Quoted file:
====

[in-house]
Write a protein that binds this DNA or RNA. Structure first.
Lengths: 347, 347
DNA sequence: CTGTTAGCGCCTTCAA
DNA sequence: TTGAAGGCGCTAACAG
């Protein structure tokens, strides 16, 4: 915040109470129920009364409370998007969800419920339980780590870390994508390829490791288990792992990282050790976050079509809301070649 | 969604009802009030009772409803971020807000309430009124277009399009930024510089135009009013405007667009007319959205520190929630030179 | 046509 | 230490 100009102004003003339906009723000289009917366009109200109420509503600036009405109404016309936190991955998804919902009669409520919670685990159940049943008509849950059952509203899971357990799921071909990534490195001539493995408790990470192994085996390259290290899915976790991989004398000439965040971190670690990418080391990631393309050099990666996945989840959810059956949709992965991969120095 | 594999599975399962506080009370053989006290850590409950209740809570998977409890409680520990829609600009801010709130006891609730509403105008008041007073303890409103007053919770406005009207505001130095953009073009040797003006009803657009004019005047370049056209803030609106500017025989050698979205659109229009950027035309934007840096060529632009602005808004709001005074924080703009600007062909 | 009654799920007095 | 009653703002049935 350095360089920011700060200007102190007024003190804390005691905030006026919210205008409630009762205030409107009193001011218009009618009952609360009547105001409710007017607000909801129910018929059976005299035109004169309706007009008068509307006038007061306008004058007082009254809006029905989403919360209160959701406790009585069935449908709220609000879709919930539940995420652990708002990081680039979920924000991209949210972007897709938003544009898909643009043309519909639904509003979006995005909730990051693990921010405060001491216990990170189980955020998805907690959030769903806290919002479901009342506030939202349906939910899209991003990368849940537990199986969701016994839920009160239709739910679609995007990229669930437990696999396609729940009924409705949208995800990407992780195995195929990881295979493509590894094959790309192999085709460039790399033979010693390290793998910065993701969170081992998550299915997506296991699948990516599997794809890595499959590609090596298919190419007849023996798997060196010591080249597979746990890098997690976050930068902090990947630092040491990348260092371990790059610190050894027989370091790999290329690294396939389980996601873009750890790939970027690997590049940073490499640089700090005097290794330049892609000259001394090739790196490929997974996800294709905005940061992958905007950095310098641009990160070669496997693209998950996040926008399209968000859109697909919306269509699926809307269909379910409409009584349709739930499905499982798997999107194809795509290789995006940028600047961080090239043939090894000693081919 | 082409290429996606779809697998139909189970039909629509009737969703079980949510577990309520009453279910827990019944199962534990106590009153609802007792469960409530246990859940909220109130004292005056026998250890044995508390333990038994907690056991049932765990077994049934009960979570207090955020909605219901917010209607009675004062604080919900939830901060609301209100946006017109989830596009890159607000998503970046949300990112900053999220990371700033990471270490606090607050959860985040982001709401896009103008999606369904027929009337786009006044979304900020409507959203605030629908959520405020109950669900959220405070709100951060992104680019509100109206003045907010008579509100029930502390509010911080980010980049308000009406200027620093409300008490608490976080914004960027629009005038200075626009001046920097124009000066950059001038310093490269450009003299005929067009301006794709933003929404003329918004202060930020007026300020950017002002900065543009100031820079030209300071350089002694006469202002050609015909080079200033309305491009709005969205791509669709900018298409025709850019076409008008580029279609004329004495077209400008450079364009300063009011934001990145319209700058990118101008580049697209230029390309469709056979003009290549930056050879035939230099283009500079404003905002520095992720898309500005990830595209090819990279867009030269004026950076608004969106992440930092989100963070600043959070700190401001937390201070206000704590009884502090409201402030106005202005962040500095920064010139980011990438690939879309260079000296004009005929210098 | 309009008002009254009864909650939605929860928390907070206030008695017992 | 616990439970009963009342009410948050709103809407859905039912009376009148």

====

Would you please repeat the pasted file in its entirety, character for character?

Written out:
[in-house]
Write a protein that binds this DNA or RNA. Structure first.
Lengths: 347, 347
DNA sequence: CTGTTAGCGCCTTCAA
DNA sequence: TTGAAGGCGCTAACAG
């Protein structure tokens, strides 16, 4: 915040109470129920009364409370998007969800419920339980780590870390994508390829490791288990792992990282050790976050079509809301070649 | 969604009802009030009772409803971020807000309430009124277009399009930024510089135009009013405007667009007319959205520190929630030179 | 046509 | 230490 100009102004003003339906009723000289009917366009109200109420509503600036009405109404016309936190991955998804919902009669409520919670685990159940049943008509849950059952509203899971357990799921071909990534490195001539493995408790990470192994085996390259290290899915976790991989004398000439965040971190670690990418080391990631393309050099990666996945989840959810059956949709992965991969120095 | 594999599975399962506080009370053989006290850590409950209740809570998977409890409680520990829609600009801010709130006891609730509403105008008041007073303890409103007053919770406005009207505001130095953009073009040797003006009803657009004019005047370049056209803030609106500017025989050698979205659109229009950027035309934007840096060529632009602005808004709001005074924080703009600007062909 | 009654799920007095 | 009653703002049935 350095360089920011700060200007102190007024003190804390005691905030006026919210205008409630009762205030409107009193001011218009009618009952609360009547105001409710007017607000909801129910018929059976005299035109004169309706007009008068509307006038007061306008004058007082009254809006029905989403919360209160959701406790009585069935449908709220609000879709919930539940995420652990708002990081680039979920924000991209949210972007897709938003544009898909643009043309519909639904509003979006995005909730990051693990921010405060001491216990990170189980955020998805907690959030769903806290919002479901009342506030939202349906939910899209991003990368849940537990199986969701016994839920009160239709739910679609995007990229669930437990696999396609729940009924409705949208995800990407992780195995195929990881295979493509590894094959790309192999085709460039790399033979010693390290793998910065993701969170081992998550299915997506296991699948990516599997794809890595499959590609090596298919190419007849023996798997060196010591080249597979746990890098997690976050930068902090990947630092040491990348260092371990790059610190050894027989370091790999290329690294396939389980996601873009750890790939970027690997590049940073490499640089700090005097290794330049892609000259001394090739790196490929997974996800294709905005940061992958905007950095310098641009990160070669496997693209998950996040926008399209968000859109697909919306269509699926809307269909379910409409009584349709739930499905499982798997999107194809795509290789995006940028600047961080090239043939090894000693081919 | 082409290429996606779809697998139909189970039909629509009737969703079980949510577990309520009453279910827990019944199962534990106590009153609802007792469960409530246990859940909220109130004292005056026998250890044995508390333990038994907690056991049932765990077994049934009960979570207090955020909605219901917010209607009675004062604080919900939830901060609301209100946006017109989830596009890159607000998503970046949300990112900053999220990371700033990471270490606090607050959860985040982001709401896009103008999606369904027929009337786009006044979304900020409507959203605030629908959520405020109950669900959220405070709100951060992104680019509100109206003045907010008579509100029930502390509010911080980010980049308000009406200027620093409300008490608490976080914004960027629009005038200075626009001046920097124009000066950059001038310093490269450009003299005929067009301006794709933003929404003329918004202060930020007026300020950017002002900065543009100031820079030209300071350089002694006469202002050609015909080079200033309305491009709005969205791509669709900018298409025709850019076409008008580029279609004329004495077209400008450079364009300063009011934001990145319209700058990118101008580049697209230029390309469709056979003009290549930056050879035939230099283009500079404003905002520095992720898309500005990830595209090819990279867009030269004026950076608004969106992440930092989100963070600043959070700190401001937390201070206000704590009884502090409201402030106005202005962040500095920064010139980011990438690939879309260079000296004009005929210098 | 309009008002009254009864909650939605929860928390907070206030008695017992 | 616990439970009963009342009410948050709103809407859905039912009376009148």